"They [The nationalist protestors] will know where we are and can easily find us here."

There was a debate on whether or not the group should throw away the cardboard signs and posters now, rather than risking being found in the streets with them later on the walk home.

"We were already lucky enough that no one died."

Tbilisi Pride Assault

I drove to the old hostel, where I first came several years ago. I met my friend Saba and his family there. It was a relief to be in a safe place to talk further about the day's events. It hit me strange that I had to admit that even I, who was at nearly zero risk of violence, had felt uncomfortable. So many people would be returning home to households that are not safe for them to be. There is no "comfortable" for them.

Spirits remained low. It felt as though we were indeed outnumbered. In the weeks before, countless posts were made by the hate groups, referring to themselves as the 95%. An incredible number to assume, but if you say anything enough, people start to believe it.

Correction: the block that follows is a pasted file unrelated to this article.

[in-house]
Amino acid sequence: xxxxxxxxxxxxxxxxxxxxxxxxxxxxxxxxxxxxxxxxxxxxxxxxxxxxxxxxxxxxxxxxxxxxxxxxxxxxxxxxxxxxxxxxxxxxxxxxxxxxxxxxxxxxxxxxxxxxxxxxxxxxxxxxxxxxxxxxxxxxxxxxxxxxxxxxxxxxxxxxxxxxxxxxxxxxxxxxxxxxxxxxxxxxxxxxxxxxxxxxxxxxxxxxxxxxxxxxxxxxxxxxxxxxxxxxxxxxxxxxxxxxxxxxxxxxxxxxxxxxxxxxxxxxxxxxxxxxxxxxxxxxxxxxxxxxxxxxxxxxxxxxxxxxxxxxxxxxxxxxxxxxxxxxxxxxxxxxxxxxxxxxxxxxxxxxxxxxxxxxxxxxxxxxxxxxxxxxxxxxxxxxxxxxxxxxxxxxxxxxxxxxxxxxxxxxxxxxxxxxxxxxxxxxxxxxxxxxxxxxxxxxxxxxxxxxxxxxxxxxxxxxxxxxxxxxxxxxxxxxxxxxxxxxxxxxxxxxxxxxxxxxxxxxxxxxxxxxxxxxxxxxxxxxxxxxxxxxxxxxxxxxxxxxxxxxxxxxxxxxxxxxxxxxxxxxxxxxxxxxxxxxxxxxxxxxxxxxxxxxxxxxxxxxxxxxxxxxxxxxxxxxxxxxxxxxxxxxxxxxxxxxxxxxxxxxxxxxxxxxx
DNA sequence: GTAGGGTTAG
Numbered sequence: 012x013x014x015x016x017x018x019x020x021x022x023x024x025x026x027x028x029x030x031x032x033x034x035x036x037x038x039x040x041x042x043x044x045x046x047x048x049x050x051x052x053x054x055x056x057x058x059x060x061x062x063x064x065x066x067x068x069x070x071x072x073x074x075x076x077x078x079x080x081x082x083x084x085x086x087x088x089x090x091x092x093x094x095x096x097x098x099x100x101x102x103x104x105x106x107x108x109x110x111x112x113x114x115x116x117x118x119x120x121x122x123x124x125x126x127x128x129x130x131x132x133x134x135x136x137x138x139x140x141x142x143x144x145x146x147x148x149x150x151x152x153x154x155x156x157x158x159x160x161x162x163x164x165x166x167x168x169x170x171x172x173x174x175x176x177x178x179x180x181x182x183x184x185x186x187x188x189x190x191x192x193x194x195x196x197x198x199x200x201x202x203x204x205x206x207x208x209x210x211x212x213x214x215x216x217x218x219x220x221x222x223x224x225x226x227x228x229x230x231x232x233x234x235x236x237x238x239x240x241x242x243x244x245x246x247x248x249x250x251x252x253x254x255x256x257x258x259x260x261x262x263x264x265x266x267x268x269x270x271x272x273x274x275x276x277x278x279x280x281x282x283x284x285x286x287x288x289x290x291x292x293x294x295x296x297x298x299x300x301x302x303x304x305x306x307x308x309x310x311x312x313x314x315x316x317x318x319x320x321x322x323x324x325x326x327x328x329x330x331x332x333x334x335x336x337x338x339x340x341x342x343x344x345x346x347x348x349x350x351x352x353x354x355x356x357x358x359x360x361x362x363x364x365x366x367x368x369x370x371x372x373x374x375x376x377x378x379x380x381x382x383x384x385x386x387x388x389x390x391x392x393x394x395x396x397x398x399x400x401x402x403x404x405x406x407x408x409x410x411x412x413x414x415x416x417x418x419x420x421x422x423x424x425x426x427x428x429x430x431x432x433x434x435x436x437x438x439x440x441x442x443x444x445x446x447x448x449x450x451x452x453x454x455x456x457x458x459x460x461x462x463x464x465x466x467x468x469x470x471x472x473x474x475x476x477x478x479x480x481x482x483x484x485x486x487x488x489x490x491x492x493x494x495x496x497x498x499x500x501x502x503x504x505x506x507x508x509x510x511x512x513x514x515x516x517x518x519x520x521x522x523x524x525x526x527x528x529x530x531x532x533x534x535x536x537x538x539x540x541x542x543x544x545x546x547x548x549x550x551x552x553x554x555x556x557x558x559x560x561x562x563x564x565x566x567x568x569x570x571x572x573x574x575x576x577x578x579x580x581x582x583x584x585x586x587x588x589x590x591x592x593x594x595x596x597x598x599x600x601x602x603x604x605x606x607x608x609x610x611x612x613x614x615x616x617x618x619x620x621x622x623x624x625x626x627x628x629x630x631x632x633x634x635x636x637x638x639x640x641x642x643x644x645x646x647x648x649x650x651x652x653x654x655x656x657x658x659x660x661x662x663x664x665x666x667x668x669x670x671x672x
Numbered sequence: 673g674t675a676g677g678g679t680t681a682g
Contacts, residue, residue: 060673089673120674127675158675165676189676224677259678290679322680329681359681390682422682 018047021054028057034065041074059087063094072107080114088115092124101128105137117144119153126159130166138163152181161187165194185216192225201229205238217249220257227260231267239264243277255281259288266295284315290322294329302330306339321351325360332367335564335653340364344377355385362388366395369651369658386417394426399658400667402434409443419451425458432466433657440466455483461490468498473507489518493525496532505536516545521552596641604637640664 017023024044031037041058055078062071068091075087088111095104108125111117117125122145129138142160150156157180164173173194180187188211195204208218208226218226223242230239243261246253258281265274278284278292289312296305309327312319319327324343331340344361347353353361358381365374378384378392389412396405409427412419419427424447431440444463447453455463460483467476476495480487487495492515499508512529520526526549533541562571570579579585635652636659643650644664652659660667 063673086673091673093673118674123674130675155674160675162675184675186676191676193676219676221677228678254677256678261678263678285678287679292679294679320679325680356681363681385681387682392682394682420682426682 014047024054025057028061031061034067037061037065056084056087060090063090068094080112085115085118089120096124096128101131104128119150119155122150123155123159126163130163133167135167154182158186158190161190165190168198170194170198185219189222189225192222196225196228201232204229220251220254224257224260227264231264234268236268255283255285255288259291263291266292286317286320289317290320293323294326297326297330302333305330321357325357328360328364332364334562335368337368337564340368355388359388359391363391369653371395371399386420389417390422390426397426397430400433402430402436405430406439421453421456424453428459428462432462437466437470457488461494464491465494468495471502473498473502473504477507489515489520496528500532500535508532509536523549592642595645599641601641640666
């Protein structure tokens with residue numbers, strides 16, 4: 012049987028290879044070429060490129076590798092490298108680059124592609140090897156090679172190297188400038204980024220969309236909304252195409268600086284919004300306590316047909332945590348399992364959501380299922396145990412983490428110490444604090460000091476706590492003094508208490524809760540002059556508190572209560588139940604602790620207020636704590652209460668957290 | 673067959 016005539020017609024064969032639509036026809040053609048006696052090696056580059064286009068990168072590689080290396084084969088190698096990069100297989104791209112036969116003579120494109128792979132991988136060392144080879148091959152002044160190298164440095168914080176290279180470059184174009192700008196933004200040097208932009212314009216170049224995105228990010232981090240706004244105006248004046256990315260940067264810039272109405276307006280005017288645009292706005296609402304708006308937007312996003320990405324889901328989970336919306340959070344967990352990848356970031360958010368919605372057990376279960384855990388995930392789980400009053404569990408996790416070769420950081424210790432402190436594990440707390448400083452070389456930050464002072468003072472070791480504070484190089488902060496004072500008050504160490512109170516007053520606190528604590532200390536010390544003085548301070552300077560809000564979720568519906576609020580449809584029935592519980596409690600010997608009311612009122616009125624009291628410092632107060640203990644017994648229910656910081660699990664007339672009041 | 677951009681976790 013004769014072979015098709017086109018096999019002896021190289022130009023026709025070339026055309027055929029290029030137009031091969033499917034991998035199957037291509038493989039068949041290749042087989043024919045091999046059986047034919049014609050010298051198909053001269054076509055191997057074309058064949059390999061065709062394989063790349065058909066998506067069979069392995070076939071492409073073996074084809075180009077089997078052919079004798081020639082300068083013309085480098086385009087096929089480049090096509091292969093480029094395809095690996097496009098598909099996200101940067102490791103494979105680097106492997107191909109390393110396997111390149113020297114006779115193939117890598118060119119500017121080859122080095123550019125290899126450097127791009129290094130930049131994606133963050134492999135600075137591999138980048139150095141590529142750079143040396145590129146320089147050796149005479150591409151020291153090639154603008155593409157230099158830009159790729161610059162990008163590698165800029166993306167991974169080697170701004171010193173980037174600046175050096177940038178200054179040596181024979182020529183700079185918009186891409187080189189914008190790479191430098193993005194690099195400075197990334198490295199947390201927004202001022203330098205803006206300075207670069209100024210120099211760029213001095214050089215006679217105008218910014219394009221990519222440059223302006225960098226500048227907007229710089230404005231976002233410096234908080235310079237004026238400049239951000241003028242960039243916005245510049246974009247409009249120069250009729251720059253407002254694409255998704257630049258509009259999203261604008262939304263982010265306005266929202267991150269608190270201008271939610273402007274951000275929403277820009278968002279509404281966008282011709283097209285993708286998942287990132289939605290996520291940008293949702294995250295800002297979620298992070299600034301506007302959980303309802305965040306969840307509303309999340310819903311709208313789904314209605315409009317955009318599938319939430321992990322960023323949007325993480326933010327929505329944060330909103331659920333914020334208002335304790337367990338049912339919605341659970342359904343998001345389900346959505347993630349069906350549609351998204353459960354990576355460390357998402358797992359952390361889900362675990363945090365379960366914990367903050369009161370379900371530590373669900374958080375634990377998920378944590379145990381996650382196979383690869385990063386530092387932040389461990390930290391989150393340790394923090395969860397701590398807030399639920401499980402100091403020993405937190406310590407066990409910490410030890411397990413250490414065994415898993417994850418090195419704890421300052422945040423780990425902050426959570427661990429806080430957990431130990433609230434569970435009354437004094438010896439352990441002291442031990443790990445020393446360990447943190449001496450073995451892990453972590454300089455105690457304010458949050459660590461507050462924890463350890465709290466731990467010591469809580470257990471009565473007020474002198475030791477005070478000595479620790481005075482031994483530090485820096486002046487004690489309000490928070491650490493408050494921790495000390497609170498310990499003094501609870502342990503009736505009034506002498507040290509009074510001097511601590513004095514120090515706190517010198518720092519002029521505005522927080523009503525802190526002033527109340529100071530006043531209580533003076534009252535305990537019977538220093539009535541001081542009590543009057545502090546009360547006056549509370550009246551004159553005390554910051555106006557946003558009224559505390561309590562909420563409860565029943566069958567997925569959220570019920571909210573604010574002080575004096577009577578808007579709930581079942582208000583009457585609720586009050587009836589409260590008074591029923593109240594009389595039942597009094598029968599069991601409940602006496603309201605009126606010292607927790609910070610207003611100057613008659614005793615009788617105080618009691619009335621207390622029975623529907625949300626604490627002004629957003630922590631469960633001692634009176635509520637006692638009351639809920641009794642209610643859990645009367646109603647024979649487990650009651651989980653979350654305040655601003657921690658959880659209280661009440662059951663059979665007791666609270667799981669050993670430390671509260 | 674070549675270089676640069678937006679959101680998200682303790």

It should come as no surprise that a nation ravaged so severely by the pandemic would leave so many people devastated. There is little reason for many people to be excited about the future. It isn't bright. It isn't the dawning of a new era for a mighty nation. Yet, holding to the idea of some traditional values may be one of the only things that give many people something to make their life feel valuable. We all need something greater than ourselves to put our energy towards. It provides us with the strength to face the day. This need for purpose is why ideals like racism and bigotry are so seductive to those without a promising future.

I don't want this in any way to be construed as an excuse for the actions of violence today, but rather a thought on how we could approach this situation where love can prevail. Yes, as simple as it sounds, I do believe that love always wins in the end. It's this thought that gives me and so many others around the world their purpose and the strength to get up in the morning. Unfortunately, the precise delineations between good and evil are hard to see on the more minor levels of daily life, but I can offer this thought. Any thing or idea that intentionally separates us as humans is inherently wrong: any opinion, advertisement, or propaganda. Any view that celebrates the concept of division amongst people is the point where evil begins.